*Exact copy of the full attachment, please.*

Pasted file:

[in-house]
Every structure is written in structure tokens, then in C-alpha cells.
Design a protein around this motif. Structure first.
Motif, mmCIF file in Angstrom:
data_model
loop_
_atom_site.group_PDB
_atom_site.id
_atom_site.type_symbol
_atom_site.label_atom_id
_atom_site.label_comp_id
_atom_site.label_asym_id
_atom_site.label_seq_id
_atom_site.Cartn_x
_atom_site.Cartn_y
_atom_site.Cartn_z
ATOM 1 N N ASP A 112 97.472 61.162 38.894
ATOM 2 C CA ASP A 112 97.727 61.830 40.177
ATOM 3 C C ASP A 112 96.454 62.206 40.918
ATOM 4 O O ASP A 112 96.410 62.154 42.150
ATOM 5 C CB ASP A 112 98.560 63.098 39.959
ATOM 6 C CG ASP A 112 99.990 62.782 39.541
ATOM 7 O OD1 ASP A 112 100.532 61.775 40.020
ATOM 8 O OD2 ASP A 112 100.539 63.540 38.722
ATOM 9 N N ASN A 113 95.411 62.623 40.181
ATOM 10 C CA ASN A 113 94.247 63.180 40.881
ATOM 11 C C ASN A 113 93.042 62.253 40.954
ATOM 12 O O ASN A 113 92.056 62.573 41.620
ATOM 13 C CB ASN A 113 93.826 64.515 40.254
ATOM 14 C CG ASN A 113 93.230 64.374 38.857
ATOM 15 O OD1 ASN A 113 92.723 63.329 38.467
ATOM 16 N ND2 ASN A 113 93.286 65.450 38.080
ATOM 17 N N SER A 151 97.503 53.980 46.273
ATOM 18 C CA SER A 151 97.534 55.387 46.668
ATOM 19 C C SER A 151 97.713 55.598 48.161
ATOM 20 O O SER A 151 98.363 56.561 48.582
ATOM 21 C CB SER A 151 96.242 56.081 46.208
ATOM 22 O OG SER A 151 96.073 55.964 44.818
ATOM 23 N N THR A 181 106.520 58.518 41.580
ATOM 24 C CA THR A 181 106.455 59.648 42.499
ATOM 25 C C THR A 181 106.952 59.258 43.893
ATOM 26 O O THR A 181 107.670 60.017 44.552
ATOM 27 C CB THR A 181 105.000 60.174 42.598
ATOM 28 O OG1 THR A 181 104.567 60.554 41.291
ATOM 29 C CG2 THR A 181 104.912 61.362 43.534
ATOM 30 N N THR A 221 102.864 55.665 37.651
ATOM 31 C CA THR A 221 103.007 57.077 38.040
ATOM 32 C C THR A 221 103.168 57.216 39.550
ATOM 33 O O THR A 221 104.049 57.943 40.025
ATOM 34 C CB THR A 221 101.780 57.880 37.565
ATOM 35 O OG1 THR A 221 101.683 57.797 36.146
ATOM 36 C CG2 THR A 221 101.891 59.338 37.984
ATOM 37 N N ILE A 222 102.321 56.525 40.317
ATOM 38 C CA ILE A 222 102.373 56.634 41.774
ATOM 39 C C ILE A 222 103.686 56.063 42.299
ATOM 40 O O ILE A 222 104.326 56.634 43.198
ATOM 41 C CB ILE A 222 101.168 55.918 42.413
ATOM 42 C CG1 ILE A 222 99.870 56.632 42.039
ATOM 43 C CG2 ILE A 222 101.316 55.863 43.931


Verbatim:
[in-house]
Every structure is written in structure tokens, then in C-alpha cells.
Design a protein around this motif. Structure first.
Motif, mmCIF file in Angstrom:
data_model
loop_
_atom_site.group_PDB
_atom_site.id
_atom_site.type_symbol
_atom_site.label_atom_id
_atom_site.label_comp_id
_atom_site.label_asym_id
_atom_site.label_seq_id
_atom_site.Cartn_x
_atom_site.Cartn_y
_atom_site.Cartn_z
ATOM 1 N N ASP A 112 97.472 61.162 38.894
ATOM 2 C CA ASP A 112 97.727 61.830 40.177
ATOM 3 C C ASP A 112 96.454 62.206 40.918
ATOM 4 O O ASP A 112 96.410 62.154 42.150
ATOM 5 C CB ASP A 112 98.560 63.098 39.959
ATOM 6 C CG ASP A 112 99.990 62.782 39.541
ATOM 7 O OD1 ASP A 112 100.532 61.775 40.020
ATOM 8 O OD2 ASP A 112 100.539 63.540 38.722
ATOM 9 N N ASN A 113 95.411 62.623 40.181
ATOM 10 C CA ASN A 113 94.247 63.180 40.881
ATOM 11 C C ASN A 113 93.042 62.253 40.954
ATOM 12 O O ASN A 113 92.056 62.573 41.620
ATOM 13 C CB ASN A 113 93.826 64.515 40.254
ATOM 14 C CG ASN A 113 93.230 64.374 38.857
ATOM 15 O OD1 ASN A 113 92.723 63.329 38.467
ATOM 16 N ND2 ASN A 113 93.286 65.450 38.080
ATOM 17 N N SER A 151 97.503 53.980 46.273
ATOM 18 C CA SER A 151 97.534 55.387 46.668
ATOM 19 C C SER A 151 97.713 55.598 48.161
ATOM 20 O O SER A 151 98.363 56.561 48.582
ATOM 21 C CB SER A 151 96.242 56.081 46.208
ATOM 22 O OG SER A 151 96.073 55.964 44.818
ATOM 23 N N THR A 181 106.520 58.518 41.580
ATOM 24 C CA THR A 181 106.455 59.648 42.499
ATOM 25 C C THR A 181 106.952 59.258 43.893
ATOM 26 O O THR A 181 107.670 60.017 44.552
ATOM 27 C CB THR A 181 105.000 60.174 42.598
ATOM 28 O OG1 THR A 181 104.567 60.554 41.291
ATOM 29 C CG2 THR A 181 104.912 61.362 43.534
ATOM 30 N N THR A 221 102.864 55.665 37.651
ATOM 31 C CA THR A 221 103.007 57.077 38.040
ATOM 32 C C THR A 221 103.168 57.216 39.550
ATOM 33 O O THR A 221 104.049 57.943 40.025
ATOM 34 C CB THR A 221 101.780 57.880 37.565
ATOM 35 O OG1 THR A 221 101.683 57.797 36.146
ATOM 36 C CG2 THR A 221 101.891 59.338 37.984
ATOM 37 N N ILE A 222 102.321 56.525 40.317
ATOM 38 C CA ILE A 222 102.373 56.634 41.774
ATOM 39 C C ILE A 222 103.686 56.063 42.299
ATOM 40 O O ILE A 222 104.326 56.634 43.198
ATOM 41 C CB ILE A 222 101.168 55.918 42.413
ATOM 42 C CG1 ILE A 222 99.870 56.632 42.039
ATOM 43 C CG2 ILE A 222 101.316 55.863 43.931